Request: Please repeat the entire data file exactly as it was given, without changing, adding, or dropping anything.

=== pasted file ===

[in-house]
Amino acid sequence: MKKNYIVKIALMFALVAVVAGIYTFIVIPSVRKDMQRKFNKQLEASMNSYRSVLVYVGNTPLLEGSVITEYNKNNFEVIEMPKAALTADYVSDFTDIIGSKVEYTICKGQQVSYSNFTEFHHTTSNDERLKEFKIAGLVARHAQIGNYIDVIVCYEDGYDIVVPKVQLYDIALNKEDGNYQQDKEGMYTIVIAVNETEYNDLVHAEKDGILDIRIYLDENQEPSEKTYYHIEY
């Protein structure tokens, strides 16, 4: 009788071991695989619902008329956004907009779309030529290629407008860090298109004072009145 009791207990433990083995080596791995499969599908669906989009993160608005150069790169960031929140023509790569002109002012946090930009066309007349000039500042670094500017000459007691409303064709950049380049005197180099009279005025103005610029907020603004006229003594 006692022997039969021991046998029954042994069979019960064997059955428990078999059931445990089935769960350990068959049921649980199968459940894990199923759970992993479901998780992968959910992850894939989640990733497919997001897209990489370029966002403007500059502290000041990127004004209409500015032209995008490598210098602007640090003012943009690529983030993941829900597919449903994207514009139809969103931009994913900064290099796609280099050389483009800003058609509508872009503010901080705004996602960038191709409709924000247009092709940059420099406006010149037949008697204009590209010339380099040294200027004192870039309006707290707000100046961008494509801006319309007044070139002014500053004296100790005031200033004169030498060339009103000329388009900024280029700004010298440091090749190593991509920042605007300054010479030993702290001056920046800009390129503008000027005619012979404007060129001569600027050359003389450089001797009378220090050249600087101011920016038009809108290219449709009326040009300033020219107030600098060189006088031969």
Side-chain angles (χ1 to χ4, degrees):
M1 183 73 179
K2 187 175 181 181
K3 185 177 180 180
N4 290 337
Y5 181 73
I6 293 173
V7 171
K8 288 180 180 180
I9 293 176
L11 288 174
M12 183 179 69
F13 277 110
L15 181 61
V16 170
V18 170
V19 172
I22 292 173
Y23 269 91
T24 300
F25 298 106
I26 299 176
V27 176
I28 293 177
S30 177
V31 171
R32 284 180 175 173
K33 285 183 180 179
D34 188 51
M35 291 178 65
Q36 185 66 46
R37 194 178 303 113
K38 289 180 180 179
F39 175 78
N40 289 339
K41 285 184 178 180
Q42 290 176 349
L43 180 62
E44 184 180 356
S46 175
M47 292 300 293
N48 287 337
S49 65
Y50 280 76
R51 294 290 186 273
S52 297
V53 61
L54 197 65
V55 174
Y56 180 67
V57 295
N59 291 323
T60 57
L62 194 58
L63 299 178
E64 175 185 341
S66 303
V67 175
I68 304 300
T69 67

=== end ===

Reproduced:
[in-house]
Amino acid sequence: MKKNYIVKIALMFALVAVVAGIYTFIVIPSVRKDMQRKFNKQLEASMNSYRSVLVYVGNTPLLEGSVITEYNKNNFEVIEMPKAALTADYVSDFTDIIGSKVEYTICKGQQVSYSNFTEFHHTTSNDERLKEFKIAGLVARHAQIGNYIDVIVCYEDGYDIVVPKVQLYDIALNKEDGNYQQDKEGMYTIVIAVNETEYNDLVHAEKDGILDIRIYLDENQEPSEKTYYHIEY
């Protein structure tokens, strides 16, 4: 009788071991695989619902008329956004907009779309030529290629407008860090298109004072009145 009791207990433990083995080596791995499969599908669906989009993160608005150069790169960031929140023509790569002109002012946090930009066309007349000039500042670094500017000459007691409303064709950049380049005197180099009279005025103005610029907020603004006229003594 006692022997039969021991046998029954042994069979019960064997059955428990078999059931445990089935769960350990068959049921649980199968459940894990199923759970992993479901998780992968959910992850894939989640990733497919997001897209990489370029966002403007500059502290000041990127004004209409500015032209995008490598210098602007640090003012943009690529983030993941829900597919449903994207514009139809969103931009994913900064290099796609280099050389483009800003058609509508872009503010901080705004996602960038191709409709924000247009092709940059420099406006010149037949008697204009590209010339380099040294200027004192870039309006707290707000100046961008494509801006319309007044070139002014500053004296100790005031200033004169030498060339009103000329388009900024280029700004010298440091090749190593991509920042605007300054010479030993702290001056920046800009390129503008000027005619012979404007060129001569600027050359003389450089001797009378220090050249600087101011920016038009809108290219449709009326040009300033020219107030600098060189006088031969």
Side-chain angles (χ1 to χ4, degrees):
M1 183 73 179
K2 187 175 181 181
K3 185 177 180 180
N4 290 337
Y5 181 73
I6 293 173
V7 171
K8 288 180 180 180
I9 293 176
L11 288 174
M12 183 179 69
F13 277 110
L15 181 61
V16 170
V18 170
V19 172
I22 292 173
Y23 269 91
T24 300
F25 298 106
I26 299 176
V27 176
I28 293 177
S30 177
V31 171
R32 284 180 175 173
K33 285 183 180 179
D34 188 51
M35 291 178 65
Q36 185 66 46
R37 194 178 303 113
K38 289 180 180 179
F39 175 78
N40 289 339
K41 285 184 178 180
Q42 290 176 349
L43 180 62
E44 184 180 356
S46 175
M47 292 300 293
N48 287 337
S49 65
Y50 280 76
R51 294 290 186 273
S52 297
V53 61
L54 197 65
V55 174
Y56 180 67
V57 295
N59 291 323
T60 57
L62 194 58
L63 299 178
E64 175 185 341
S66 303
V67 175
I68 304 300
T69 67